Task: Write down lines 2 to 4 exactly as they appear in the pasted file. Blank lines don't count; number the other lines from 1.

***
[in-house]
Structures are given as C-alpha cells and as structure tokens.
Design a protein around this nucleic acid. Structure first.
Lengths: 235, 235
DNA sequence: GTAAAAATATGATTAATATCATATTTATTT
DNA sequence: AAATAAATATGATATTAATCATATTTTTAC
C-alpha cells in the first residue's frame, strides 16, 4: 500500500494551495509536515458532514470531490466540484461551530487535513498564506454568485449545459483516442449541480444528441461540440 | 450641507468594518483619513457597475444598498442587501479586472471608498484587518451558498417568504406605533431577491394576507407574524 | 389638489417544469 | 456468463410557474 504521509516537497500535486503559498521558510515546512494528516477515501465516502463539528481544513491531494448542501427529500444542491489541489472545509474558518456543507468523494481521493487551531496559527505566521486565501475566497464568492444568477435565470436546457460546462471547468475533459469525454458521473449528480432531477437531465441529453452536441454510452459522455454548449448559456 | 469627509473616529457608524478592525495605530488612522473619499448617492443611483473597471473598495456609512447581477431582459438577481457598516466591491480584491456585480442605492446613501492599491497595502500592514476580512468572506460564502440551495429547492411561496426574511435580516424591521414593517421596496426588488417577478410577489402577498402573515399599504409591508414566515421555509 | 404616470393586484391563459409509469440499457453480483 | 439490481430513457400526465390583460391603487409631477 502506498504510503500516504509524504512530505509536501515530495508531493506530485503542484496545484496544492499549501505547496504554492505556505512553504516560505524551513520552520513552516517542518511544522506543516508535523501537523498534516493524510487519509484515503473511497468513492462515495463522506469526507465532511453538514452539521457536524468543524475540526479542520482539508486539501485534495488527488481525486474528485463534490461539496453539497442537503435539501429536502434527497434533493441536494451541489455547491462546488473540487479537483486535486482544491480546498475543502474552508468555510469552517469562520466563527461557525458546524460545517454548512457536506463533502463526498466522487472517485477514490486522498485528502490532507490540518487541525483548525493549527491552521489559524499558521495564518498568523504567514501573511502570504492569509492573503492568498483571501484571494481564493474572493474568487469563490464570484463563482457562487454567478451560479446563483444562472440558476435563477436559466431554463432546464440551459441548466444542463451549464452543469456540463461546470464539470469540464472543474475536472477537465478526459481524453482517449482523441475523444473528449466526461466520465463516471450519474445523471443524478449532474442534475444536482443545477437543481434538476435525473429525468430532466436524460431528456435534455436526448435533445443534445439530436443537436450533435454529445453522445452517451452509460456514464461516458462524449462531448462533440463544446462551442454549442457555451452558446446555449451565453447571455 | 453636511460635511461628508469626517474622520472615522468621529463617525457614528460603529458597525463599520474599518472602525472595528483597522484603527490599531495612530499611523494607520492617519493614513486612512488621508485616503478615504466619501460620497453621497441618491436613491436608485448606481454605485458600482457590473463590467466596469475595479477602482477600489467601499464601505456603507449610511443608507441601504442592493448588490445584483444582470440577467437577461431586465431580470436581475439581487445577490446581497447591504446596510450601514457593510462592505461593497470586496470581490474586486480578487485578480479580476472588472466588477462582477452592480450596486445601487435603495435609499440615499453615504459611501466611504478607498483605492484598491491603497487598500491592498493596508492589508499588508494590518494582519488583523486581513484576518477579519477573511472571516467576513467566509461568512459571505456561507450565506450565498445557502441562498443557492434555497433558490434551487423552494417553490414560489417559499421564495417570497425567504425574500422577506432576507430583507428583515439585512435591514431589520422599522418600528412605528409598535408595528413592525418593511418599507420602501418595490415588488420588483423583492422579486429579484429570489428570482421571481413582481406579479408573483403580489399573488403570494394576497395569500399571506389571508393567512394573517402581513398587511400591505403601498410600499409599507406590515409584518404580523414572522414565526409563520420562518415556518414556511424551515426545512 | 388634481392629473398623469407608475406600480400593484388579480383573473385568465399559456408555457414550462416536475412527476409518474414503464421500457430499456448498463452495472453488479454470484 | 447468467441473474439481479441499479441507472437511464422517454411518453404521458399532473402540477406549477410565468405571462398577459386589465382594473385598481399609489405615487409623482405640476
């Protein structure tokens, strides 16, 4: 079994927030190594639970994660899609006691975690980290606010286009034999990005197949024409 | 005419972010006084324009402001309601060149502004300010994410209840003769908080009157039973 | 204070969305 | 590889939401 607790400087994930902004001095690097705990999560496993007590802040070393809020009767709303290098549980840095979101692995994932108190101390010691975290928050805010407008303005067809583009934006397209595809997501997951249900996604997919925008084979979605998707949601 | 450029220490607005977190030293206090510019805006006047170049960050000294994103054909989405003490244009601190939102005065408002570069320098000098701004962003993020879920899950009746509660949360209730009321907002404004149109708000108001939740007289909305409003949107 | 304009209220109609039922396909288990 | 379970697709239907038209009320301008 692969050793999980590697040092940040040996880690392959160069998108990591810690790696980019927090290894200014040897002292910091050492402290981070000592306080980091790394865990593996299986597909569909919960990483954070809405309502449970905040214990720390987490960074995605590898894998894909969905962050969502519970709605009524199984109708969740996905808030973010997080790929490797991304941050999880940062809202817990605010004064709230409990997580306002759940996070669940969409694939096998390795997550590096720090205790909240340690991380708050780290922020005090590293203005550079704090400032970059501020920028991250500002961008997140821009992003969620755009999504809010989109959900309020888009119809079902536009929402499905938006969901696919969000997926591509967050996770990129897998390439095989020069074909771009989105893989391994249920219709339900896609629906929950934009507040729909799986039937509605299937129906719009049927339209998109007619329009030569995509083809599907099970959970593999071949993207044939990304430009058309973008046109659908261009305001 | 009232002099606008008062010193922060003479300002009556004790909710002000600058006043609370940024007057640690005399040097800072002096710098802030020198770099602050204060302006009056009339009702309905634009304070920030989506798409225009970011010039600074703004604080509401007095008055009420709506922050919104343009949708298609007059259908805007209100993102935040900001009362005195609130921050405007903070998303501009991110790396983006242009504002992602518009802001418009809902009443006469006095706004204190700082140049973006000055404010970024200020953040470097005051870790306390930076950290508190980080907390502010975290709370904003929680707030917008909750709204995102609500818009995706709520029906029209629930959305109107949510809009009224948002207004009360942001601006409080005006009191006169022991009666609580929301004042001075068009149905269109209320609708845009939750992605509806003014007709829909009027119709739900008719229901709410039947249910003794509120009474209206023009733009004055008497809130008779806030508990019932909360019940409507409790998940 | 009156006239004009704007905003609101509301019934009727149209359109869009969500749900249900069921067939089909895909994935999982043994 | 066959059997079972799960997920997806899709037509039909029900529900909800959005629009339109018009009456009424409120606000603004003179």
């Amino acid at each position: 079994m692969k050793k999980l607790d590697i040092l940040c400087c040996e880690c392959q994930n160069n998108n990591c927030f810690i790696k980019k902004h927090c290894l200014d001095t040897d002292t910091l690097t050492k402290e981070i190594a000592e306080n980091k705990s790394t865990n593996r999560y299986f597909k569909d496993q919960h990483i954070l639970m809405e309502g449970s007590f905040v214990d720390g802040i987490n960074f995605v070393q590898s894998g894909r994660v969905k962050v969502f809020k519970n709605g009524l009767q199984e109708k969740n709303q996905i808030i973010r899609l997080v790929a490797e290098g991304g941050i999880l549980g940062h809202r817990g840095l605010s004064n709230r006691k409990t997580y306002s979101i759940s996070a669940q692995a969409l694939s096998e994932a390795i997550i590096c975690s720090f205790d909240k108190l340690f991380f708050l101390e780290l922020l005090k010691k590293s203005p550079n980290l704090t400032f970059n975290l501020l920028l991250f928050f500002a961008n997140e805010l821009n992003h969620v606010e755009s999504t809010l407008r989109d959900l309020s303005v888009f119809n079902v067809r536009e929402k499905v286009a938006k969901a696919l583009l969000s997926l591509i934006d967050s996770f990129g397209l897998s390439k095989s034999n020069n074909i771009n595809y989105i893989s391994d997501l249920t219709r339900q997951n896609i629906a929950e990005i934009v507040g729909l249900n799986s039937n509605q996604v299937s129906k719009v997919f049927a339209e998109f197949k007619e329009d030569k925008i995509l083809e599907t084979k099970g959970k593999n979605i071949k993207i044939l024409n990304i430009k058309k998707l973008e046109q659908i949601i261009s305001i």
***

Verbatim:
Structures are given as C-alpha cells and as structure tokens.
Design a protein around this nucleic acid. Structure first.
Lengths: 235, 235